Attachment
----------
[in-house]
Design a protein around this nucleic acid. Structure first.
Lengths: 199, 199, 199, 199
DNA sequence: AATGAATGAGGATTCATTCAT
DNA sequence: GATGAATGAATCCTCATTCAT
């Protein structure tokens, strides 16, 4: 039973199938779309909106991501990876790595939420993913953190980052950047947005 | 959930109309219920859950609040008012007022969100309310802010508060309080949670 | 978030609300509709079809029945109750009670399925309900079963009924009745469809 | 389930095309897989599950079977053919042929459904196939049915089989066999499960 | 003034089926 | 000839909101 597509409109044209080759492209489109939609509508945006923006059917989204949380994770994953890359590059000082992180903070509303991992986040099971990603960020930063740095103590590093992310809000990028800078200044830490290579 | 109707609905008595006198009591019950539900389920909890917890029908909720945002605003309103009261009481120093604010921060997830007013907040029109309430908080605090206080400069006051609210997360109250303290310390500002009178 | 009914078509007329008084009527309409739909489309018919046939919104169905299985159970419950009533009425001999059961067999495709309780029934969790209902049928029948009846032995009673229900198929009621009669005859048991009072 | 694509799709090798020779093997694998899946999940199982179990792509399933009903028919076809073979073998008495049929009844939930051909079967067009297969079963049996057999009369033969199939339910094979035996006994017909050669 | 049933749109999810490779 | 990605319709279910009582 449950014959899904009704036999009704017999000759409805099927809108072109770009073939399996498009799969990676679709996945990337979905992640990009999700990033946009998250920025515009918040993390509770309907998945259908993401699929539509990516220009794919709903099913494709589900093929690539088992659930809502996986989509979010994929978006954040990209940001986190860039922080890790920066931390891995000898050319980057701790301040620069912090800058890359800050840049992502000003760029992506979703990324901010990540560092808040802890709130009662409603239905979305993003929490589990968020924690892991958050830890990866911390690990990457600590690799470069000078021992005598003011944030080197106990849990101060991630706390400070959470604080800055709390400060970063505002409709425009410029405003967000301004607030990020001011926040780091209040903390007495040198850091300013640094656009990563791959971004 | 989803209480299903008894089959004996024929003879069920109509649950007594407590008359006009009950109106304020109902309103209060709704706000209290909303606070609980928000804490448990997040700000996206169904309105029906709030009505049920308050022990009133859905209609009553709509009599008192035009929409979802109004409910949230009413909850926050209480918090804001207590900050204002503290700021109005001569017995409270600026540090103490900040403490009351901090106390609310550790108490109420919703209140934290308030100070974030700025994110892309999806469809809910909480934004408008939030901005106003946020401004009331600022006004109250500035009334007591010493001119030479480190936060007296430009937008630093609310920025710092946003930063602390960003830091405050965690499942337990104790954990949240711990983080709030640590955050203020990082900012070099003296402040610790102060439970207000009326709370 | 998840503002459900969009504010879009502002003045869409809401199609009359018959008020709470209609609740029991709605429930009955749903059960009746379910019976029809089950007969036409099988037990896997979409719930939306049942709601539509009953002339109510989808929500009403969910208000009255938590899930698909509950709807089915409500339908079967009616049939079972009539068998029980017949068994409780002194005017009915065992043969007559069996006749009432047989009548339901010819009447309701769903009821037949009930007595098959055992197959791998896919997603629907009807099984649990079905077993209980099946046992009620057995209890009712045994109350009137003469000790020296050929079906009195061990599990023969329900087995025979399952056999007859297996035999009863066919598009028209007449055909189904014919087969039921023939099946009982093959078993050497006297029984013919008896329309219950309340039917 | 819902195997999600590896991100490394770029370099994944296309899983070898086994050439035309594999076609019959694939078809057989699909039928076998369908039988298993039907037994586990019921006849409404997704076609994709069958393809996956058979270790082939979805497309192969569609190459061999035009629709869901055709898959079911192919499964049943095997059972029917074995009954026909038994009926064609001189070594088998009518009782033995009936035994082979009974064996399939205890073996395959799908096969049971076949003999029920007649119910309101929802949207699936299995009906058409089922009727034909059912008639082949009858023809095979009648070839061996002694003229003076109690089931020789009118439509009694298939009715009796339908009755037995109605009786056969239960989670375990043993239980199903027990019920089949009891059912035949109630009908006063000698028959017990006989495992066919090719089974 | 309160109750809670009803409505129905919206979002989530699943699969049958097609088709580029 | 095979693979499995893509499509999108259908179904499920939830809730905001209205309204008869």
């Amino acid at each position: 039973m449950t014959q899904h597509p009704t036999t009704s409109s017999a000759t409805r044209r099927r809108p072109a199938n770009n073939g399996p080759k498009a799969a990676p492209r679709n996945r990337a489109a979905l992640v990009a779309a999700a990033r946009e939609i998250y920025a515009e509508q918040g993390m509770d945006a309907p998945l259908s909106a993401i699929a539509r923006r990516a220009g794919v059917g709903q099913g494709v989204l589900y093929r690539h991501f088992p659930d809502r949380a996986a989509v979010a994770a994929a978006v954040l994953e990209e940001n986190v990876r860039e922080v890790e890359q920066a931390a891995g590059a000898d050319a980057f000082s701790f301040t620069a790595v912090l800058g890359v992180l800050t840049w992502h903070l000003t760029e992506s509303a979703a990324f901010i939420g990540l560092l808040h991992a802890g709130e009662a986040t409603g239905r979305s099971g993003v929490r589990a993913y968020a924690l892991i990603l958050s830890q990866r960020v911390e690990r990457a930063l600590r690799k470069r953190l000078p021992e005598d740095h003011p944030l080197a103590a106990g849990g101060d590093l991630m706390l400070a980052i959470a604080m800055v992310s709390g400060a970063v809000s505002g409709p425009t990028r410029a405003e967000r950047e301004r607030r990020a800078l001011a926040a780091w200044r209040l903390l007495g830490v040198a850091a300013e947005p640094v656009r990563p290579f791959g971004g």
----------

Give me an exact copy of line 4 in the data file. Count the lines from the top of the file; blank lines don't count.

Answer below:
DNA sequence: AATGAATGAGGATTCATTCAT